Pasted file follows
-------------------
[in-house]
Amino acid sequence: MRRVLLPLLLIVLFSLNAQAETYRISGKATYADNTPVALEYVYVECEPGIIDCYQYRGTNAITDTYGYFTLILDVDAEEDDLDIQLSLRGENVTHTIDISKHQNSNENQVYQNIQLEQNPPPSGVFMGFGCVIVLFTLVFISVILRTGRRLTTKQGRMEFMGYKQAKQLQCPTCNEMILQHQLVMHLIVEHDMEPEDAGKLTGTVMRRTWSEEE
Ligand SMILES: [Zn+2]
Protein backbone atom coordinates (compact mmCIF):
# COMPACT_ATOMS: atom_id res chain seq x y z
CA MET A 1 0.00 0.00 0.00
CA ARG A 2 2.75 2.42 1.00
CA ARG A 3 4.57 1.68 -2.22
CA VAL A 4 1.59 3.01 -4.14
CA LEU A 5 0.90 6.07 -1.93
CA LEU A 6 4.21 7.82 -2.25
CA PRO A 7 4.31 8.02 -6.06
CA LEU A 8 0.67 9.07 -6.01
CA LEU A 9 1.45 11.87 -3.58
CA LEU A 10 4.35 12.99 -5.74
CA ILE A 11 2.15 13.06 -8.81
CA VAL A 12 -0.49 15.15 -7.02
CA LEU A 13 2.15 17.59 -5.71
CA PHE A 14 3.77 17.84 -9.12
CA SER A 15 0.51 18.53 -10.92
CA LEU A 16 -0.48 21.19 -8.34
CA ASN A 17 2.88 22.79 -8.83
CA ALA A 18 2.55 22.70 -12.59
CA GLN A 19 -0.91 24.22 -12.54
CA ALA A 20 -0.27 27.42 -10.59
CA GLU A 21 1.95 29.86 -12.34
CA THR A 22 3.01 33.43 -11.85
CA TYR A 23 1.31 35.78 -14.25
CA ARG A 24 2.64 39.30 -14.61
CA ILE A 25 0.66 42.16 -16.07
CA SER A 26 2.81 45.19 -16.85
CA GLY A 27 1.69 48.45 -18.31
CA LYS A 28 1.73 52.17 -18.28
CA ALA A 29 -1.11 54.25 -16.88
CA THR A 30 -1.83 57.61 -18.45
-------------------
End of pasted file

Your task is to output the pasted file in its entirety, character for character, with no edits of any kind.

[in-house]
Amino acid sequence: MRRVLLPLLLIVLFSLNAQAETYRISGKATYADNTPVALEYVYVECEPGIIDCYQYRGTNAITDTYGYFTLILDVDAEEDDLDIQLSLRGENVTHTIDISKHQNSNENQVYQNIQLEQNPPPSGVFMGFGCVIVLFTLVFISVILRTGRRLTTKQGRMEFMGYKQAKQLQCPTCNEMILQHQLVMHLIVEHDMEPEDAGKLTGTVMRRTWSEEE
Ligand SMILES: [Zn+2]
Protein backbone atom coordinates (compact mmCIF):
# COMPACT_ATOMS: atom_id res chain seq x y z
CA MET A 1 0.00 0.00 0.00
CA ARG A 2 2.75 2.42 1.00
CA ARG A 3 4.57 1.68 -2.22
CA VAL A 4 1.59 3.01 -4.14
CA LEU A 5 0.90 6.07 -1.93
CA LEU A 6 4.21 7.82 -2.25
CA PRO A 7 4.31 8.02 -6.06
CA LEU A 8 0.67 9.07 -6.01
CA LEU A 9 1.45 11.87 -3.58
CA LEU A 10 4.35 12.99 -5.74
CA ILE A 11 2.15 13.06 -8.81
CA VAL A 12 -0.49 15.15 -7.02
CA LEU A 13 2.15 17.59 -5.71
CA PHE A 14 3.77 17.84 -9.12
CA SER A 15 0.51 18.53 -10.92
CA LEU A 16 -0.48 21.19 -8.34
CA ASN A 17 2.88 22.79 -8.83
CA ALA A 18 2.55 22.70 -12.59
CA GLN A 19 -0.91 24.22 -12.54
CA ALA A 20 -0.27 27.42 -10.59
CA GLU A 21 1.95 29.86 -12.34
CA THR A 22 3.01 33.43 -11.85
CA TYR A 23 1.31 35.78 -14.25
CA ARG A 24 2.64 39.30 -14.61
CA ILE A 25 0.66 42.16 -16.07
CA SER A 26 2.81 45.19 -16.85
CA GLY A 27 1.69 48.45 -18.31
CA LYS A 28 1.73 52.17 -18.28
CA ALA A 29 -1.11 54.25 -16.88
CA THR A 30 -1.83 57.61 -18.45